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July 31, 2019, 2:55 p.m. EDT

Prosecute Big Oil? Sanders, Inslee say yes

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By Robert Schroeder, MarketWatch

Robert Schroeder/MarketWatch
Washington Gov. Jay Inslee, a Democratic presidential hopeful, speaks to reporters at an event in Detroit.

DETROIT (MarketWatch) — Sen. Bernie Sanders came out swinging against the fossil-fuel industry Tuesday night, suggesting at the Democratic presidential debate here that companies should be prosecuted for what he characterized as “destroying the planet.”

“We’ve got to ask ourselves a simple question: What do you do with an industry that knowingly, for billions of dollars in short-term profits, is destroying this planet?” Sanders said during the first night of a second debate round. “I say that is criminal activity that cannot be allowed to continue.”

Washington Gov. Jay Inslee, who has put climate change at the center of his presidential campaign , also raised the possibility of legal action.

“Certainly the executives of any company, including the fossil-fuel industry, that violate the law, should be subject to prosecution,” he told a small group of reporters early Wednesday.

Also see: Here are the 25 Democrats running for president.

“That’s just the law. It’s a decision by the Department of Justice. But I do know that the decisions that are being made are killing people in the United States. That’s something to be taken seriously,” Inslee said. On his website, Inslee discusses moving the U.S. economy off of fossil fuels and says the country “must confront the economic and environmental harm caused by corporate polluters.”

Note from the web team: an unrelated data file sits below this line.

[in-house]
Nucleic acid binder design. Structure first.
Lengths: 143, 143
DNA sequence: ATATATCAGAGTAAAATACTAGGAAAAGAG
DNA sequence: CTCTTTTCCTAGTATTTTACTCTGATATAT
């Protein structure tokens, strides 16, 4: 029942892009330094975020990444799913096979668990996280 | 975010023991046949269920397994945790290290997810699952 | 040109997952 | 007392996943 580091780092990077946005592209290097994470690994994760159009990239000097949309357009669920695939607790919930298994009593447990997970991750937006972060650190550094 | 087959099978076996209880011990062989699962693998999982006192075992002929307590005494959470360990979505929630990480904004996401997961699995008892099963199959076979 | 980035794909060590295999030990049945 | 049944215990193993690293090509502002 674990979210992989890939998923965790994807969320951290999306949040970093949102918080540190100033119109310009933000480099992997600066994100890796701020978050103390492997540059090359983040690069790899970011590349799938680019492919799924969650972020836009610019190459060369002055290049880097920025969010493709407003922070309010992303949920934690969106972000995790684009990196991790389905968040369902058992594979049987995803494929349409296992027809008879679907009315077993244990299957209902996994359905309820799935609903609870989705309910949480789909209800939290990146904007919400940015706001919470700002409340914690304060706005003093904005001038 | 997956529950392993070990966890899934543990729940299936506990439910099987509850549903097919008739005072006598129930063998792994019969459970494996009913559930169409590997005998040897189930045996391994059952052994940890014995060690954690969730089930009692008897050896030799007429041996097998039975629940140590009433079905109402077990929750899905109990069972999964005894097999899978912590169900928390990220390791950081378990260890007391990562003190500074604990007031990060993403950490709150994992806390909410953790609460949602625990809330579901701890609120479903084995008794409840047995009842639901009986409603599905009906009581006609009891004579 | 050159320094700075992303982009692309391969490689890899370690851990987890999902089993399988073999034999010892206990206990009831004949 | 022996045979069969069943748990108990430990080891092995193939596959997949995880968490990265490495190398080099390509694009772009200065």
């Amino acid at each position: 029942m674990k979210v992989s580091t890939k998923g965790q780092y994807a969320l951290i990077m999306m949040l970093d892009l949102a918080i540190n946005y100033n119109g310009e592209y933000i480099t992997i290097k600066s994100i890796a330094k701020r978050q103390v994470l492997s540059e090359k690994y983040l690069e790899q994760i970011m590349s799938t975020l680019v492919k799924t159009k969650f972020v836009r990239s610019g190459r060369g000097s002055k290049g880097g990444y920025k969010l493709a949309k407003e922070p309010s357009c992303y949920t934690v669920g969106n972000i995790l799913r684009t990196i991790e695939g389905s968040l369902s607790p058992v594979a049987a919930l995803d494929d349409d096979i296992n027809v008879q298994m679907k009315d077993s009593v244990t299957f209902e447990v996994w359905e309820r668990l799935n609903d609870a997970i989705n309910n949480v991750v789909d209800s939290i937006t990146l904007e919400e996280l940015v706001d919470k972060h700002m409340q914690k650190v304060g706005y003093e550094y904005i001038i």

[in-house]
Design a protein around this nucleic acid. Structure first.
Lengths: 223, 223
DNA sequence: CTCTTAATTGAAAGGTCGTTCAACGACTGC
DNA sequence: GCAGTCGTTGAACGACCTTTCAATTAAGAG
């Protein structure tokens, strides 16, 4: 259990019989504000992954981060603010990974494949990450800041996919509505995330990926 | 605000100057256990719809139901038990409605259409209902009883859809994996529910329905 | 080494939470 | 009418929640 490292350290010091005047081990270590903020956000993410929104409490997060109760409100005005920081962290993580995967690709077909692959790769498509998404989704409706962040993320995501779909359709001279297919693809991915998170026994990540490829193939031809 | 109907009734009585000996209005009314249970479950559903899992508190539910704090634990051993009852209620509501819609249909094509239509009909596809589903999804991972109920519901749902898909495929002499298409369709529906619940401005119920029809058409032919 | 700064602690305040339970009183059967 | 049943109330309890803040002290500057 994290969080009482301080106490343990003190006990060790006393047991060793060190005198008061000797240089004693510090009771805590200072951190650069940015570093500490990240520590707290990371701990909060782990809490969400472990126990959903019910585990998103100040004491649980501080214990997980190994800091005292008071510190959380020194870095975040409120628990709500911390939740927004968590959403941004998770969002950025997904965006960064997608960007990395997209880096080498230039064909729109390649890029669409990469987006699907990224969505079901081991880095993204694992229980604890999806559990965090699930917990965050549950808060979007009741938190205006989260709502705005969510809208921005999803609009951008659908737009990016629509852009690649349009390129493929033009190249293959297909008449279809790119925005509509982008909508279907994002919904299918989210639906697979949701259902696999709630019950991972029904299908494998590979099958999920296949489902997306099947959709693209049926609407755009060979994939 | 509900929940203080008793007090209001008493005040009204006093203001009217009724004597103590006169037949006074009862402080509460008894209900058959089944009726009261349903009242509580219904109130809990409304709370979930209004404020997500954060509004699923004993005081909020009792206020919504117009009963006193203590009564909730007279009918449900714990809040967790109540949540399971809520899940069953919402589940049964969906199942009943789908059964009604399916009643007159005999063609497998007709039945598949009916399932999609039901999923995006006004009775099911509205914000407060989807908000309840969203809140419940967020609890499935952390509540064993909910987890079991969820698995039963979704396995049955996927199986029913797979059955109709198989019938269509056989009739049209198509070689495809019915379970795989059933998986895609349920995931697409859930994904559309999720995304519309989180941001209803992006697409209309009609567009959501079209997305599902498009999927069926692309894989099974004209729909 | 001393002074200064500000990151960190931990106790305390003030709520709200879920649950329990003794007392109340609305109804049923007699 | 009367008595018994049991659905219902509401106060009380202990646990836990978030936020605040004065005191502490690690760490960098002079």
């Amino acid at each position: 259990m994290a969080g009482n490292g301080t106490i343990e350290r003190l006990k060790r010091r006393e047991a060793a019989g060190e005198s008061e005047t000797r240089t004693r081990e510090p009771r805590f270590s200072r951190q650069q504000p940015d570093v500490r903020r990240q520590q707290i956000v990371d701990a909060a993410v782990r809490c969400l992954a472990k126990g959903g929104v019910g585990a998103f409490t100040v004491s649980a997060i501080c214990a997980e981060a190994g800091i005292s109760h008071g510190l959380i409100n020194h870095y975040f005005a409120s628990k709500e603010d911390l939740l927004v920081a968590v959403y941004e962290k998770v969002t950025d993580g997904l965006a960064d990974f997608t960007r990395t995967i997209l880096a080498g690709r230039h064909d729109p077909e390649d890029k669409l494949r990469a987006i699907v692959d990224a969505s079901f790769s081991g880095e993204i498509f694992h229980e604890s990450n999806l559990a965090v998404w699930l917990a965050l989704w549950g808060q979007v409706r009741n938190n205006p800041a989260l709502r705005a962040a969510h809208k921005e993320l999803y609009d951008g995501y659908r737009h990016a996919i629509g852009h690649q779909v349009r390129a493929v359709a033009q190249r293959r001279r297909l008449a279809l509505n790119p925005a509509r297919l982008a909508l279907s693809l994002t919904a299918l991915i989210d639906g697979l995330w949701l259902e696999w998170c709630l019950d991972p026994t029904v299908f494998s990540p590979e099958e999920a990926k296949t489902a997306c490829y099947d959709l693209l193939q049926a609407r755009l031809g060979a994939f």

Inslee will take the stage Wednesday night along with nine fellow contenders, including former Vice President Joe Biden and Sen. Kamala Harris of California.

Environmental policy is one of the hot-button issues in the Democratic primary, with the Green New Deal climate plan dividing the candidates. Sen. Elizabeth Warren of Massachusetts supports the plan, and spent part of Tuesday evening pushing back against ex–Colorado Gov. John Hickenlooper, who criticized it.

Now read: Five zingers from the first of two Democratic presidential debates in Detroit.

In advance of the debates, the oil industry stressed its role in job creation and said switching to cleaner natural gas for electricity generation has contributed to lower carbon emissions.

In a statement, the American Petroleum Institute also criticized a hasty transition to alternative energy as unworkable. “Promises of an imminent energy landscape powered entirely by alternative fuels might make for an applause line, but it’s not likely to make for plausible policy,” said the statement.

API’s members include major companies like Exxon /zigman2/quotes/204455864/composite XOM +0.95% and Marathon Oil /zigman2/quotes/205031829/composite MRO -6.32% as well as independent entities.

Inslee spoke to reporters at a forum hosted by the Climate Justice Alliance.

Read on: Trump ally Barrack sought Saudi funds as he lobbied for nuclear deal, House report finds

$ 45.47
+0.43 +0.95%
Volume: 25.89M
May 29, 2020 4:00p
P/E Ratio
Dividend Yield
Market Cap
$192.26 billion
Rev. per Employee
$ 5.34
-0.36 -6.32%
Volume: 107.58M
May 29, 2020 4:00p
P/E Ratio
Dividend Yield
Market Cap
$4.22 billion
Rev. per Employee

Robert Schroeder is the White House reporter for MarketWatch. Follow him on Twitter @mktwrobs.

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